Government Fragmentation and Public Goods Provision

Grossman, G, Pierskalla JH, Dean EB.  2017.  Government Fragmentation and Public Goods Provision. Journal of Politics.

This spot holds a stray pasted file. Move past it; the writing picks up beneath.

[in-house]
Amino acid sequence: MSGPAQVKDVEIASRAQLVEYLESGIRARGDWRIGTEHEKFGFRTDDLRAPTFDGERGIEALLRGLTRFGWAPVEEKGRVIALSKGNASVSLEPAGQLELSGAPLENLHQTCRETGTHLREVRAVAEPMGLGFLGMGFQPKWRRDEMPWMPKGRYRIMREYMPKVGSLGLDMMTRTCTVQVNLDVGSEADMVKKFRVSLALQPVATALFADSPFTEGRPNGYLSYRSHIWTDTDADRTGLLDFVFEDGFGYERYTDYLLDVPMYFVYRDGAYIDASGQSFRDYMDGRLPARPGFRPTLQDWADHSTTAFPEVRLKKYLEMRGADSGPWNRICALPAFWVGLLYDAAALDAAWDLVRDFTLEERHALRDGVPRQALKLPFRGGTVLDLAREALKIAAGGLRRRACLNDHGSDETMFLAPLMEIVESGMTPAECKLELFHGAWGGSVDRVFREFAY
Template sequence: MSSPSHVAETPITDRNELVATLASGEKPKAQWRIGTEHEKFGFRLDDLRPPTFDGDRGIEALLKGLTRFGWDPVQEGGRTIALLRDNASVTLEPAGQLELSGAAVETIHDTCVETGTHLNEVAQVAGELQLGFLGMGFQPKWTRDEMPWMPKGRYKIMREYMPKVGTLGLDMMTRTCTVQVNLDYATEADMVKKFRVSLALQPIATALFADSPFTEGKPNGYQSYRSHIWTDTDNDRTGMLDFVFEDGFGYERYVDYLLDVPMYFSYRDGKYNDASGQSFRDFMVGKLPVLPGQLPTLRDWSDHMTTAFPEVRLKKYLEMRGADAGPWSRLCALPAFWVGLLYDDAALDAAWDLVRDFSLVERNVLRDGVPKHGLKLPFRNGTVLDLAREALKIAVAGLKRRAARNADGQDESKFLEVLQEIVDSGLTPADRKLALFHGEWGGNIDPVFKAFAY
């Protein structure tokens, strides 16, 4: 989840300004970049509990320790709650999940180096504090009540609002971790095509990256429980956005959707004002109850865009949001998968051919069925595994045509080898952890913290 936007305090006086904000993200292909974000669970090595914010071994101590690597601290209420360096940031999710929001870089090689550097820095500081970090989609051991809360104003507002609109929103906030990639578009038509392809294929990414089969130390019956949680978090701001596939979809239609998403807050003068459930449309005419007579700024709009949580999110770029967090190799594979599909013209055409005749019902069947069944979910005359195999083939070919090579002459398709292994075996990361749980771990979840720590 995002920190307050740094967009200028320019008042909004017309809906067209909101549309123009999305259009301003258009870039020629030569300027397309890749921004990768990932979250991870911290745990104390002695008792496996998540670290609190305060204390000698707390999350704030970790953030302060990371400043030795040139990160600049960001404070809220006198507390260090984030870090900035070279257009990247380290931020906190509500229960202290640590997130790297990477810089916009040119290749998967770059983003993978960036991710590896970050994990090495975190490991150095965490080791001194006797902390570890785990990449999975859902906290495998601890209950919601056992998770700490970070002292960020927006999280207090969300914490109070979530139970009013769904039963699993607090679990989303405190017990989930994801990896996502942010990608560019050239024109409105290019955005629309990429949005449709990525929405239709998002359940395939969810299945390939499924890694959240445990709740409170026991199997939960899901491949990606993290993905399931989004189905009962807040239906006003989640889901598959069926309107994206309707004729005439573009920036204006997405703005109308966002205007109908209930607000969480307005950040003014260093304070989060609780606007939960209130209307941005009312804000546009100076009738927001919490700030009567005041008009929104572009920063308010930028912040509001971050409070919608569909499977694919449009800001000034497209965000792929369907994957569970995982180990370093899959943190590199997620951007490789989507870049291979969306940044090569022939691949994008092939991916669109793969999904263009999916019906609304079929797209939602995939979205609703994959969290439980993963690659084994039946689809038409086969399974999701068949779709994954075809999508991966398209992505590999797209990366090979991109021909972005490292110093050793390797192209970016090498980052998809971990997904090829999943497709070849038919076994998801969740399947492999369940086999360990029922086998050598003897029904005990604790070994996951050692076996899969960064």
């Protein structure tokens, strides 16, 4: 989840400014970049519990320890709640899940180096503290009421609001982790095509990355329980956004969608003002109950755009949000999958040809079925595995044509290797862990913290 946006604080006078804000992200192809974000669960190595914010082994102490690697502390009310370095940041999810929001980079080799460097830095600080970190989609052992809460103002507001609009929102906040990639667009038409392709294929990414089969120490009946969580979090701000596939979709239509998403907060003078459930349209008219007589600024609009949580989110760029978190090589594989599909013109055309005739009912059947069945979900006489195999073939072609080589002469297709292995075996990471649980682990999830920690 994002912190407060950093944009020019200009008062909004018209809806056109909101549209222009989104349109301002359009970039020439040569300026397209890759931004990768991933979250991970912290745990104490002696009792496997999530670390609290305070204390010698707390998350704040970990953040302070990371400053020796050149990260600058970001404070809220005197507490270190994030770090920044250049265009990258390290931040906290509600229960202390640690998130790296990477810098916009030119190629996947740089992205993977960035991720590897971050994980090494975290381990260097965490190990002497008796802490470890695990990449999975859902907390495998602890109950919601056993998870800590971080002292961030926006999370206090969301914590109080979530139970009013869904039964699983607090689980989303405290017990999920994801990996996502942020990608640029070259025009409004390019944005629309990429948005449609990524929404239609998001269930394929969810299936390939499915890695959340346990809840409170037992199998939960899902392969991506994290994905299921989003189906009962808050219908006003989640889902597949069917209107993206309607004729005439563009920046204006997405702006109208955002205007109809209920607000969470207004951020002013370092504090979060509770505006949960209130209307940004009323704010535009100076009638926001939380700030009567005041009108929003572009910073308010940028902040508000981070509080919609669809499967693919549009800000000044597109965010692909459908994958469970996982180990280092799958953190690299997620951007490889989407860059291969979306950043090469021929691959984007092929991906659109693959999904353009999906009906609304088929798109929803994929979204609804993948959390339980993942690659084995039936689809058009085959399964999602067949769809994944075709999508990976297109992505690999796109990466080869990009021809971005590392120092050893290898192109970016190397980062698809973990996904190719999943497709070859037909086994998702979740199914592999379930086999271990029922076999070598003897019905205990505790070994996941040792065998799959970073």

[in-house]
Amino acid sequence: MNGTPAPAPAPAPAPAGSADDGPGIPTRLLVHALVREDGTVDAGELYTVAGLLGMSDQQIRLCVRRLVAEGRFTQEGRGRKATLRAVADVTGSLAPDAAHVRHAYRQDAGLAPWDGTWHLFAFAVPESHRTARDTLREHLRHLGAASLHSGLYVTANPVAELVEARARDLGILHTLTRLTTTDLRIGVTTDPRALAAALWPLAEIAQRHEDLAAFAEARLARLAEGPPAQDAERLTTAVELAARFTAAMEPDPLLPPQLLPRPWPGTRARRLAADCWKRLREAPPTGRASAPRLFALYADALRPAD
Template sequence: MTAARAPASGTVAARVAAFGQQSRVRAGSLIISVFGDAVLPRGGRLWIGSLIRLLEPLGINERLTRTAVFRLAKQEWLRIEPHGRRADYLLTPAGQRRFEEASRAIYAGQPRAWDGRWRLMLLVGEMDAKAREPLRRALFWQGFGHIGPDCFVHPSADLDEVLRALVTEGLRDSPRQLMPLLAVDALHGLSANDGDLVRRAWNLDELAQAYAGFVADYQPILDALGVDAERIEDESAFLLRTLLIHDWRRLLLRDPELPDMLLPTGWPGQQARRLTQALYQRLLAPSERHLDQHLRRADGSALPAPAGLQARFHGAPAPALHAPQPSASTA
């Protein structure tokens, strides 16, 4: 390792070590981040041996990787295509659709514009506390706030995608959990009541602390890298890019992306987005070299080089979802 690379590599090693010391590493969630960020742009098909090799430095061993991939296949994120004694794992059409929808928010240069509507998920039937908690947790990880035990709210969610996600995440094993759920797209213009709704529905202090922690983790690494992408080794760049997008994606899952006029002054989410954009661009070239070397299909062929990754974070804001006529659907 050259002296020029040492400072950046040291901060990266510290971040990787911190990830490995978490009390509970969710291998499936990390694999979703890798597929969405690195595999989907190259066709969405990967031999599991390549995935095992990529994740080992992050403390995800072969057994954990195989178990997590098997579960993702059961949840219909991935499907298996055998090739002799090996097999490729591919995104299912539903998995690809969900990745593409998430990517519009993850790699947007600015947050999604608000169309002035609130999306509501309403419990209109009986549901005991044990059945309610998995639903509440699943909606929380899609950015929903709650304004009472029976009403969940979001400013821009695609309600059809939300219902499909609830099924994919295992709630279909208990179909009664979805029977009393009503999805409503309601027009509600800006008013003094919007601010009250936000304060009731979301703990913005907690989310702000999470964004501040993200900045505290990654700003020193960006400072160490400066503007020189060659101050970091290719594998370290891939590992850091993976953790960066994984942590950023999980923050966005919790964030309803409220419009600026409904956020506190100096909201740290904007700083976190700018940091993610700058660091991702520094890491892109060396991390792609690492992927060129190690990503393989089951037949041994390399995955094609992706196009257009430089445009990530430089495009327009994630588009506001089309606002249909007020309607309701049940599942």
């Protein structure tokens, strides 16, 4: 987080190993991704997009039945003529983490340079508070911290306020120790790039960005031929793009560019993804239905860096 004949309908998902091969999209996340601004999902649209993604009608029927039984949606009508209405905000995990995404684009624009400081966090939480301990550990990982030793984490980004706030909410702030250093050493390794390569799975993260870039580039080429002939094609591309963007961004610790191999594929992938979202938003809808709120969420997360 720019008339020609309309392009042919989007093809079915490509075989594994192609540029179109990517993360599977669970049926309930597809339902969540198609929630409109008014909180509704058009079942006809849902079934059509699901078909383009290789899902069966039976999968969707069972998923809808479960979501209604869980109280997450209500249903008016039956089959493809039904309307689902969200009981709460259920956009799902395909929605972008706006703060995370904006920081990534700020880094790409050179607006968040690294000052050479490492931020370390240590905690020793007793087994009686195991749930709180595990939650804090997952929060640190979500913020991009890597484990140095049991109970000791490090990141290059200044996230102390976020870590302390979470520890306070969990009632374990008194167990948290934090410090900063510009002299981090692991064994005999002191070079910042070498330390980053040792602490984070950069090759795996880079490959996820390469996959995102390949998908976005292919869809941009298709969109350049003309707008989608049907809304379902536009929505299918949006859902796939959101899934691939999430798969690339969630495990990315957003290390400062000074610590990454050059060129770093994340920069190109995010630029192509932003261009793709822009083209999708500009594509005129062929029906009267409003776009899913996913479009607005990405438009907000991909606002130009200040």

We investigate the effects of government fragmentation on the quality of public services. We argue that an increase in the number of regional governments has two effects: (1) it redistributes fiscal and administrative resources to under-served regions and (2) affects the quality of the pool from which future leaders are drawn, while encouraging yardstick competition. Extreme government fragmentation, however, limits efficiency gains by diluting informational signals about leader quality, and by reducing administrative capacity and economies of scale. We test this argument using original data on the number of regional governments in Sub-Saharan Africa (1960-2012). Consistent with our theoretical expectations, we find robust evidence for an initial increase in the quality of services provision following regional government splits, which levels off at high levels of regional fragmentation. Three distinct difference-in-difference analyses of micro-level, geo-referenced data on health outcomes in Malawi, Nigeria, and Uganda further support our theoretical argument.

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